The physical stamina of teachers has gone down with two years of online classes, heads of several schools said.
Moving from one building to another, sometimes with no elevators, taking class with a mask on at a time when the temperature is going up and other tasks that teachers handled without breaking a sweat earlier are exhausting them now, they said.
The teachers need time “to get back to their usual form”, a headmaster said.
Like students, teachers, too, had several advantages during online class. They could take breaks and did not have to travel to school early every day.
“Some teachers have forgotten that they have hall duty, ground duty or dispersal duty and that they cannot press a button, log off and think that their duty is over. We have conducted repeated meetings to tell them that students are back on campus and they have to be on their toes,” said John Bagul, principal, South City International School.
Online, they could sit and take all their classes but now they have to move from one end of the building to another with laptop and books, Bagul said.
The reopening was sudden for some as in-person classes resumed at short notice.
The resumption of physical classes when the pandemic is still not over has increased teachers’ duties. At least two schools are asking teachers to be on campus before the children come.
Coming to school means not just being on time but being formally dressed, too.
“Online, once the device was turned off, they could take a break in between classes. But now it is different because we want them to be more vigilant,” said Suvina Shunglu, principal, Sri Sri Academy.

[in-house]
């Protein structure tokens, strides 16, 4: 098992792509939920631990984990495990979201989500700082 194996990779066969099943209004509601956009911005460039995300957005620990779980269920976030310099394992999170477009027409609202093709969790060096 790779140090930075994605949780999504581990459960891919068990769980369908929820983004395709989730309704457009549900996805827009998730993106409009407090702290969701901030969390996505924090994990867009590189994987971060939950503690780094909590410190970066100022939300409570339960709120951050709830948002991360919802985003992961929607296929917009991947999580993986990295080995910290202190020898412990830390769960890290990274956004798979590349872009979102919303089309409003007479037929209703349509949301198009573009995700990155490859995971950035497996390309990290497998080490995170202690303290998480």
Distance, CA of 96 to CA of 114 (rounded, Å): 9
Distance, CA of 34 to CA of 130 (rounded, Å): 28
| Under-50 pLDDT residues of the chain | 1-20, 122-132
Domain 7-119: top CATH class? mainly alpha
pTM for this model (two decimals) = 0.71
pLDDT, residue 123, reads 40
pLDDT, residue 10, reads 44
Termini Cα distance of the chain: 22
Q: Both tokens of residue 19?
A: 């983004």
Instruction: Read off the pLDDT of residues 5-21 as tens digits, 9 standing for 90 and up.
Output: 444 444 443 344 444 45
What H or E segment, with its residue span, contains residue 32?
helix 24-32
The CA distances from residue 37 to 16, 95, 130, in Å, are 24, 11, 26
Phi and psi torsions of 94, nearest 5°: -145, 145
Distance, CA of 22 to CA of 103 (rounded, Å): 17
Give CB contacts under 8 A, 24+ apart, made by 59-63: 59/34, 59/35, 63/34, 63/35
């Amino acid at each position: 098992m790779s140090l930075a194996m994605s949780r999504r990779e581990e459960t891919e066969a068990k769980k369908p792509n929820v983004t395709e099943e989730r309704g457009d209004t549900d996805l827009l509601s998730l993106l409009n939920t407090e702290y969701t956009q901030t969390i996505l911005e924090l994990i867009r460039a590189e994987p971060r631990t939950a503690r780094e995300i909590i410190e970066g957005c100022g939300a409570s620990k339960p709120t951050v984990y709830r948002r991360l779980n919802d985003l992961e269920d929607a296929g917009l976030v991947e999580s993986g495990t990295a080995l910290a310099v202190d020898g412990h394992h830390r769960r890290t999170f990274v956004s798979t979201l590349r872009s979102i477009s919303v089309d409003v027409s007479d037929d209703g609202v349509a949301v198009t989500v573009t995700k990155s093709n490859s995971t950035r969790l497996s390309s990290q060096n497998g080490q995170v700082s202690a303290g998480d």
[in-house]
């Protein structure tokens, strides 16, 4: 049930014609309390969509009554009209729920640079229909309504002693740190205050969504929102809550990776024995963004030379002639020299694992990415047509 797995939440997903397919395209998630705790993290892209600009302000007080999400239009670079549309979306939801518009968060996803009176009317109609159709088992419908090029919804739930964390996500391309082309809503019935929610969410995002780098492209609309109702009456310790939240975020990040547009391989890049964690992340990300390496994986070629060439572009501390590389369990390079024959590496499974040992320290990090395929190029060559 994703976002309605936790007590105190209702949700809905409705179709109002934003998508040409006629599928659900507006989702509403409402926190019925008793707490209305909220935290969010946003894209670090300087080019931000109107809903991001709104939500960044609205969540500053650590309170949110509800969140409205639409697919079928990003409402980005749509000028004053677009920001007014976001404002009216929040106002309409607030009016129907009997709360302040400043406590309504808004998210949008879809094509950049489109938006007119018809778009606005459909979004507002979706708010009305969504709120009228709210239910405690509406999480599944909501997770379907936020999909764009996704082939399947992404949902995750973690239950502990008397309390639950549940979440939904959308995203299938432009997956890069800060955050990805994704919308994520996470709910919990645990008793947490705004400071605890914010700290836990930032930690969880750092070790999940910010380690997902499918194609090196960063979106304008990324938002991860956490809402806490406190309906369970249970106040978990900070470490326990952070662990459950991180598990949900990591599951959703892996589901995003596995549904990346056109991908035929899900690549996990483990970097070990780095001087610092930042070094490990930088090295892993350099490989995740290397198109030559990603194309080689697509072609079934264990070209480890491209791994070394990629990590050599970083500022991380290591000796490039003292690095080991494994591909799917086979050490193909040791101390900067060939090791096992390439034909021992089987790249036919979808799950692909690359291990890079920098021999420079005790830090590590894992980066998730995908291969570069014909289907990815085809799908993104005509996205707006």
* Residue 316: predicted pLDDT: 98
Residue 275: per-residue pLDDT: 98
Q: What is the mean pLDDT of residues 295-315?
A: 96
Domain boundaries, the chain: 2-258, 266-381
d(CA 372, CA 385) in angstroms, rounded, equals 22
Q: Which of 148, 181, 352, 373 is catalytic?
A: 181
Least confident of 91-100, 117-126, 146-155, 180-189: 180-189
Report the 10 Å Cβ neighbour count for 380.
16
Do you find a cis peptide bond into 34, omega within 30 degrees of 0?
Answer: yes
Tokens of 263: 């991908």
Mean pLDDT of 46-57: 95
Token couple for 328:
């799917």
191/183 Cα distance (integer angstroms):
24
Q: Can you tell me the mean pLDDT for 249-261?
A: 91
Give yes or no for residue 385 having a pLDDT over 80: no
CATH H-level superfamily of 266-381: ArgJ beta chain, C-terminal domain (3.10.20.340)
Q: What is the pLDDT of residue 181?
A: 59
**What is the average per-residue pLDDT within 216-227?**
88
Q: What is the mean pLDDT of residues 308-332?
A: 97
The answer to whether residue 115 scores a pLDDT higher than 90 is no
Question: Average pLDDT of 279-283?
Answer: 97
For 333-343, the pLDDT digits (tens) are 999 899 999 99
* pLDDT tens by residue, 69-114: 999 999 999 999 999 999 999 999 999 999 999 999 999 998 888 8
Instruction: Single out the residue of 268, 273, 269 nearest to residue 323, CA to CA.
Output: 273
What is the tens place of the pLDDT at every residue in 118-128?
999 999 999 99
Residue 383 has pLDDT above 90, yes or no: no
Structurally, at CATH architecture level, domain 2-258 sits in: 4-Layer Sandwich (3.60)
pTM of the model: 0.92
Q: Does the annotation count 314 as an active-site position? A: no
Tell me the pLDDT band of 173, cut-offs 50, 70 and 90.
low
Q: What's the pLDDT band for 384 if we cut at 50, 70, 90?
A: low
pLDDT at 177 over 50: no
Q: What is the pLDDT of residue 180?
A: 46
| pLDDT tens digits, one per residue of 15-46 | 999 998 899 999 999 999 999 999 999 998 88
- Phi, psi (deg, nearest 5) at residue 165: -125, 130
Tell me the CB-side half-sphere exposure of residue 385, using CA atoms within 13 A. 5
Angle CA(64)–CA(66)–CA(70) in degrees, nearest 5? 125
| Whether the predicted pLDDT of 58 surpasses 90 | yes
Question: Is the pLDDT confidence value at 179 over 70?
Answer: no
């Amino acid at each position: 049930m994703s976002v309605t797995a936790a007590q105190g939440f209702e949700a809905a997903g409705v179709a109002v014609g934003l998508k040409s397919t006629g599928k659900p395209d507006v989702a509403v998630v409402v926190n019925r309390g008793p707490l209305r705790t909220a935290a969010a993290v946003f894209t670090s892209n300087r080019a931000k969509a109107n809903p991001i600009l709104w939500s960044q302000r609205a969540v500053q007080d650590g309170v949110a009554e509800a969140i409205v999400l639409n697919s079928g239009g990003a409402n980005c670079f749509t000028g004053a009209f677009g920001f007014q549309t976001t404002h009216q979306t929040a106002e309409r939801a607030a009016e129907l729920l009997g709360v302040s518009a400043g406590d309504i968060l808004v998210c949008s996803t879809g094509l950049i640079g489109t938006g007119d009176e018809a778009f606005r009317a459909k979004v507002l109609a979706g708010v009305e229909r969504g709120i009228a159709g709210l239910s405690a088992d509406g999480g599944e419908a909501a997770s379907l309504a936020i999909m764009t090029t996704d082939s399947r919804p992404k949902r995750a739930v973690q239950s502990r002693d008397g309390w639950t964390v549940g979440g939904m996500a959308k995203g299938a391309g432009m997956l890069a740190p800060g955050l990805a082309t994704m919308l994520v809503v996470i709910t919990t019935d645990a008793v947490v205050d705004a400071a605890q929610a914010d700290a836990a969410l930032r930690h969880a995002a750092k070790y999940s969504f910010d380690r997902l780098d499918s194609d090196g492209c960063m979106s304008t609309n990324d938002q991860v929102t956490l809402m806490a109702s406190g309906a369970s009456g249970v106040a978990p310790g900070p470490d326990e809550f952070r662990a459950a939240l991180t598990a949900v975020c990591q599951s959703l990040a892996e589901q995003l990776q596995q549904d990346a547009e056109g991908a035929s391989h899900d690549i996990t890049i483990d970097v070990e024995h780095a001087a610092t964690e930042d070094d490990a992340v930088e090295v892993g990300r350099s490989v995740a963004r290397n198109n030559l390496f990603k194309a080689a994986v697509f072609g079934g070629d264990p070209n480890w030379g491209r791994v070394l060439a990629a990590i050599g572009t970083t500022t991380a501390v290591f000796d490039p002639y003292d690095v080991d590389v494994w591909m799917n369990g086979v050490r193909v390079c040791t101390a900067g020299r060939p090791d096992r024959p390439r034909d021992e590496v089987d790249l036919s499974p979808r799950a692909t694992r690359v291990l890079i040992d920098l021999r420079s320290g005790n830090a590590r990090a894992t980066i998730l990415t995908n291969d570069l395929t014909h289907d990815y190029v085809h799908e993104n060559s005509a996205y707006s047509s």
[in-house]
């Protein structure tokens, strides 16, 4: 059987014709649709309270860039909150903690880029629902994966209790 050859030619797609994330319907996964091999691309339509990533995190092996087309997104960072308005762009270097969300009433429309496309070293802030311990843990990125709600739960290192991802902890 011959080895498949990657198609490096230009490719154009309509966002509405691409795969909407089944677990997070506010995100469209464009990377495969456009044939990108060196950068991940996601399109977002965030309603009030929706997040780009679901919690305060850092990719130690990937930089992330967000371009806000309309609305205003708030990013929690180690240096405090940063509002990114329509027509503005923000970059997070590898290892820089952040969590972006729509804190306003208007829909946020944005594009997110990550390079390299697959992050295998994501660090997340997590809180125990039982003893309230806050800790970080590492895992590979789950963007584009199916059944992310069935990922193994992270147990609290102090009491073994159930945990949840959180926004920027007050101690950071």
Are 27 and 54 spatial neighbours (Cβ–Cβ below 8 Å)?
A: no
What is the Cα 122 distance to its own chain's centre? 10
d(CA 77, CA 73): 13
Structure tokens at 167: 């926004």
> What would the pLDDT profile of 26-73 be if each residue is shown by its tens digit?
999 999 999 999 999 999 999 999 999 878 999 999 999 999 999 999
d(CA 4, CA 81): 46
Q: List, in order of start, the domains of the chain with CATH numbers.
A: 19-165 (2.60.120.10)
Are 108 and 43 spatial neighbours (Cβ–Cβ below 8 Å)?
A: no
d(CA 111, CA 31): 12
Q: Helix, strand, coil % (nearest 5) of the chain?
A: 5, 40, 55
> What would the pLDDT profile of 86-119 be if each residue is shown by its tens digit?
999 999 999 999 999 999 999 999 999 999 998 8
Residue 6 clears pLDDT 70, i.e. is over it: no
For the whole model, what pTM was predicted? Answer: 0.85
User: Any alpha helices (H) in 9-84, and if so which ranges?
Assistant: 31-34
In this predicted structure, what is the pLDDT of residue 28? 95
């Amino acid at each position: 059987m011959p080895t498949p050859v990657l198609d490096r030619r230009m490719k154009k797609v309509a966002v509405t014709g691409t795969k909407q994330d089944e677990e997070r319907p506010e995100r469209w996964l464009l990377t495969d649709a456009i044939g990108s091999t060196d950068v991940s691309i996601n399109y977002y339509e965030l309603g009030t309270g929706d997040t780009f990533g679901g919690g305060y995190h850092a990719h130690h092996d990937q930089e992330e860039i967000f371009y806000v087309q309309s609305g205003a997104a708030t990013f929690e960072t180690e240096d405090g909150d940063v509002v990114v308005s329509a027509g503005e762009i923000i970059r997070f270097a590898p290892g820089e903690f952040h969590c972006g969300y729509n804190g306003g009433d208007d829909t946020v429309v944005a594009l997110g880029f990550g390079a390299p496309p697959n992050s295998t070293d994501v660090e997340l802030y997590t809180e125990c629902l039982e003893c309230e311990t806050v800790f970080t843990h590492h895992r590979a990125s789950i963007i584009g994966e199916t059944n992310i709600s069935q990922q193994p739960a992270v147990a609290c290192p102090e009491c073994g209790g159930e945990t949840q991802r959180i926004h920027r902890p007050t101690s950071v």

Addressing a class of 40-45 students in-person is strenuous. Online, they could ask the students to mute their devices. “The teacher has to scream at the top of her voice to settle or calm the class down, something that they became unused to in the last two years,” said Terence John, the principal of Julien Day School, Kalyani.
In some schools, teachers are carrying water bottles with them to the classroom because taking a class for 30 to 40 minutes with a mask on is a strain on the vocal cords.
In one school, a head noticed the teacher taking off her mask before a lecture, “something that is not permissible but yet the exhaustion is making teachers do so,” he said.
Some heads said that the mental alignment of teachers to the new system has not yet happened and that is taking a toll on them physically.